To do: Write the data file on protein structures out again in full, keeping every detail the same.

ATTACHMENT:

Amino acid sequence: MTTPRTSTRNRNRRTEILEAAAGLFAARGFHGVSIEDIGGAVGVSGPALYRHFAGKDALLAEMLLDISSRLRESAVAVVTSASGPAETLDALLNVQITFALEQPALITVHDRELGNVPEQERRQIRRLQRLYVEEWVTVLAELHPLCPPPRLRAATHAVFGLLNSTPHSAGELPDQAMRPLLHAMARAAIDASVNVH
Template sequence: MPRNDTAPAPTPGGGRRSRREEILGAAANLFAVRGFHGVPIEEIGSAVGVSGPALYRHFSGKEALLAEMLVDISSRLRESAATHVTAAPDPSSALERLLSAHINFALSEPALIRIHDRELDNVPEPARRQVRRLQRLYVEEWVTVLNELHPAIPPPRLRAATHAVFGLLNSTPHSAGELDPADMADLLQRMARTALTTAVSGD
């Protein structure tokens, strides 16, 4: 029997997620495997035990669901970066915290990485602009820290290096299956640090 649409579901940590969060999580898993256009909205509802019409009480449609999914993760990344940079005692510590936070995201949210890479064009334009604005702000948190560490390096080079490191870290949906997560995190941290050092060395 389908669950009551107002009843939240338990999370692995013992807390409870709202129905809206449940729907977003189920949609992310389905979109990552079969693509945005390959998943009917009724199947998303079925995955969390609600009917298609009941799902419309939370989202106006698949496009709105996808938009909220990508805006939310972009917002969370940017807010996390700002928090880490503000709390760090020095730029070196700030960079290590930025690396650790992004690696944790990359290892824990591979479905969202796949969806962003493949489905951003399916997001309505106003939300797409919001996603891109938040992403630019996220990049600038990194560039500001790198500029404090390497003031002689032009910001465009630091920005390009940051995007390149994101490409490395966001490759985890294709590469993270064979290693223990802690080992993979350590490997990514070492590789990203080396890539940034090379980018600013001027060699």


Amino acid sequence: MTTPRTSTRNRNRRTEILEAAAGLFAARGFHGVSIEDIGGAVGVSGPALYRHFAGKDALLAEMLLDISSRLRESAVAVVTSASGPAETLDALLNVQITFALEQPALITVHDRELGNVPEQERRQIRRLQRLYVEEWVTVLAELHPLCPPPRLRAATHAVFGLLNSTPHSAGELPDQAMRPLLHAMARAAIDASVNVH
Template sequence: MPRNDTAPAPTPGGGRRSRREEILGAAANLFAVRGFHGVPIEEIGSAVGVSGPALYRHFSGKEALLAEMLVDISSRLRESAATHVTAAPDPSSALERLLSAHINFALSEPALIRIHDRELDNVPEPARRQVRRLQRLYVEEWVTVLNELHPAIPPPRLRAATHAVFGLLNSTPHSAGELDPADMADLLQRMARTALTTAVSGD
């Protein structure tokens, strides 16, 4: 029997997620495997035990669901970066915290990485602009820290290096299956640090 649409579901940590969060999580898993256009909205509802019409009480449609999914993760990344940079005692510590936070995201949210890479064009334009604005702000948190560490390096080079490191870290949906997560995190941290050092060395 389908669950009551107002009843939240338990999370692995013992807390409870709202129905809206449940729907977003189920949609992310389905979109990552079969693509945005390959998943009917009724199947998303079925995955969390609600009917298609009941799902419309939370989202106006698949496009709105996808938009909220990508805006939310972009917002969370940017807010996390700002928090880490503000709390760090020095730029070196700030960079290590930025690396650790992004690696944790990359290892824990591979479905969202796949969806962003493949489905951003399916997001309505106003939300797409919001996603891109938040992403630019996220990049600038990194560039500001790198500029404090390497003031002689032009910001465009630091920005390009940051995007390149994101490409490395966001490759985890294709590469993270064979290693223990802690080992993979350590490997990514070492590789990203080396890539940034090379980018600013001027060699």